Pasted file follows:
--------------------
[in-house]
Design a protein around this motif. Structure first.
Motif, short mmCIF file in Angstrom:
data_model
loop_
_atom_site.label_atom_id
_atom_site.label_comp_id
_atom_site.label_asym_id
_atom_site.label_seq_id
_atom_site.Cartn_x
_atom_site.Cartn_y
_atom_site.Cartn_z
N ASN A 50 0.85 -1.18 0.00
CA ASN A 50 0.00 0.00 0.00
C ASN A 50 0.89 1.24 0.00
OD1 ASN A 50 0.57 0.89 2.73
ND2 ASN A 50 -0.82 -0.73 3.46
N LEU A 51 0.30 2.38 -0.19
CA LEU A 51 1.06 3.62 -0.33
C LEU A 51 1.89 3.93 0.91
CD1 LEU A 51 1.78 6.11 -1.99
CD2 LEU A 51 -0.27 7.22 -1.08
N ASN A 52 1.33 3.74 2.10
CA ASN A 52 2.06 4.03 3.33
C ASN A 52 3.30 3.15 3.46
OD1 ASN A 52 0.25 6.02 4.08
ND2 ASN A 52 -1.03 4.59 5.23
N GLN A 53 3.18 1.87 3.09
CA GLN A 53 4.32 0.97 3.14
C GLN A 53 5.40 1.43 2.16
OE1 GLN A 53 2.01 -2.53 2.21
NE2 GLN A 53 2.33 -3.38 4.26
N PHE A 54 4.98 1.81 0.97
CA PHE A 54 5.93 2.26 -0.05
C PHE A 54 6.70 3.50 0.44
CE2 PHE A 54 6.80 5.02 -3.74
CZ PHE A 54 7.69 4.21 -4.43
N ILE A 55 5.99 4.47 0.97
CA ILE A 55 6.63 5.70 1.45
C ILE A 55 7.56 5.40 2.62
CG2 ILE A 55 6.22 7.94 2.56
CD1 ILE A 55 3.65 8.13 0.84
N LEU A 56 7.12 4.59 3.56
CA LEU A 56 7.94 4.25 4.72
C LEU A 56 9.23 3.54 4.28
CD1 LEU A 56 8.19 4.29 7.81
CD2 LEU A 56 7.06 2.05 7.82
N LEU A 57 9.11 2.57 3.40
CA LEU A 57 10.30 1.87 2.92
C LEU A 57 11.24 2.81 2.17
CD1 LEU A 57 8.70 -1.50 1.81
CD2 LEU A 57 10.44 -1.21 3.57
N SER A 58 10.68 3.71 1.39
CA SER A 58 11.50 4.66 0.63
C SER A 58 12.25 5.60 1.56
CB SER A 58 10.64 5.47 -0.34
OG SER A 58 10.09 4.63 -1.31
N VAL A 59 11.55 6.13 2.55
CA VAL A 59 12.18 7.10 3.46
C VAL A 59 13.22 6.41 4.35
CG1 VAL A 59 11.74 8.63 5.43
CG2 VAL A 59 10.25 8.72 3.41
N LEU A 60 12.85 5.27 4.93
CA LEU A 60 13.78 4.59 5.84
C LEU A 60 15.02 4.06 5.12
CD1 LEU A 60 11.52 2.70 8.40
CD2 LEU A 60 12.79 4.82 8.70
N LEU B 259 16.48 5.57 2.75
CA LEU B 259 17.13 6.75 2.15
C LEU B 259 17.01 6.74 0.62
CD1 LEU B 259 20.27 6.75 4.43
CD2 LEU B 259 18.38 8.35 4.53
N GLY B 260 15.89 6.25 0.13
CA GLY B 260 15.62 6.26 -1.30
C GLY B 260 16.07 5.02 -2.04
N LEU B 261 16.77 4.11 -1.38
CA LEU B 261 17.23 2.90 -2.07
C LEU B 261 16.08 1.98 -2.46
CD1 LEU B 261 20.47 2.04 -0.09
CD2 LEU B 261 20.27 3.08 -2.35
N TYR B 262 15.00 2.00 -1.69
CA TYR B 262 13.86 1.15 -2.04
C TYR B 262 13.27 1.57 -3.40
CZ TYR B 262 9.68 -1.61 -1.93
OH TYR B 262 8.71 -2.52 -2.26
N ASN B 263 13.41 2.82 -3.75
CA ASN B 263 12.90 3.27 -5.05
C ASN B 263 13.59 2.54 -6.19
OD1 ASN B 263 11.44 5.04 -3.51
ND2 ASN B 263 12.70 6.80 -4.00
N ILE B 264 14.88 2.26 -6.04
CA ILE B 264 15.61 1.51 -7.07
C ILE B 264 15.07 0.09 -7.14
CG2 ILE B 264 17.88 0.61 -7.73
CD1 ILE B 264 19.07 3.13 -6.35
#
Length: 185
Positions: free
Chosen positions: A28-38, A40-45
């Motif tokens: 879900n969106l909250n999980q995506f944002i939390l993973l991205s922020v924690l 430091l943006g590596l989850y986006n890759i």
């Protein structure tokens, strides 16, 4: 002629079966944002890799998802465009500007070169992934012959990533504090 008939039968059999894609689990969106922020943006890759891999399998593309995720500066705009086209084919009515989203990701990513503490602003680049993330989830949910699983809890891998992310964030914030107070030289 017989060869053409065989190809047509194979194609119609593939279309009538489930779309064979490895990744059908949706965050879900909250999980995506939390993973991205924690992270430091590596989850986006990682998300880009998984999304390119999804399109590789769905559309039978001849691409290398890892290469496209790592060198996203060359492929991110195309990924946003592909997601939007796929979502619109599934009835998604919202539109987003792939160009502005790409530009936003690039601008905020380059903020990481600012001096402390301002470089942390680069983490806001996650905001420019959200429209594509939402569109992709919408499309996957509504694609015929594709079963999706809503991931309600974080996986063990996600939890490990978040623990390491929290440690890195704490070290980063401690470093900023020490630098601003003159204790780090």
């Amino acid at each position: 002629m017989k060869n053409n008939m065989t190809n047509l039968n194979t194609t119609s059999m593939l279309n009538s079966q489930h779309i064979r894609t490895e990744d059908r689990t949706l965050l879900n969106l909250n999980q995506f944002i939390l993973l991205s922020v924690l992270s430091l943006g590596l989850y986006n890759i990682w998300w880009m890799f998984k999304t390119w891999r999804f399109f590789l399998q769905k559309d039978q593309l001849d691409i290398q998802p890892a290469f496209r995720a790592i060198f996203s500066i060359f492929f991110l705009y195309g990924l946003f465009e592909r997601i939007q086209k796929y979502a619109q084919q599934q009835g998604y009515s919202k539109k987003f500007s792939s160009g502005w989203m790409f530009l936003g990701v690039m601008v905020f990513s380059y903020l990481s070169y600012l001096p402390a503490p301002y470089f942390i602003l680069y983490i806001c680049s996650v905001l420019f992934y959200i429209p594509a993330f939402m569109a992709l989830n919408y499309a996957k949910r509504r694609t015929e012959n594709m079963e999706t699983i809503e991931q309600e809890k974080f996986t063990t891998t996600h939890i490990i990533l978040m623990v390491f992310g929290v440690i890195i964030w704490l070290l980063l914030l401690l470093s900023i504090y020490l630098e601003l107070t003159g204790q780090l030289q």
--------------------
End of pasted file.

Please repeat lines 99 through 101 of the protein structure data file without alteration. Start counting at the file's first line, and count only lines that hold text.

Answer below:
Chosen positions: A28-38, A40-45
């Motif tokens: 879900n969106l909250n999980q995506f944002i939390l993973l991205s922020v924690l 430091l943006g590596l989850y986006n890759i």
């Protein structure tokens, strides 16, 4: 002629079966944002890799998802465009500007070169992934012959990533504090 008939039968059999894609689990969106922020943006890759891999399998593309995720500066705009086209084919009515989203990701990513503490602003680049993330989830949910699983809890891998992310964030914030107070030289 017989060869053409065989190809047509194979194609119609593939279309009538489930779309064979490895990744059908949706965050879900909250999980995506939390993973991205924690992270430091590596989850986006990682998300880009998984999304390119999804399109590789769905559309039978001849691409290398890892290469496209790592060198996203060359492929991110195309990924946003592909997601939007796929979502619109599934009835998604919202539109987003792939160009502005790409530009936003690039601008905020380059903020990481600012001096402390301002470089942390680069983490806001996650905001420019959200429209594509939402569109992709919408499309996957509504694609015929594709079963999706809503991931309600974080996986063990996600939890490990978040623990390491929290440690890195704490070290980063401690470093900023020490630098601003003159204790780090």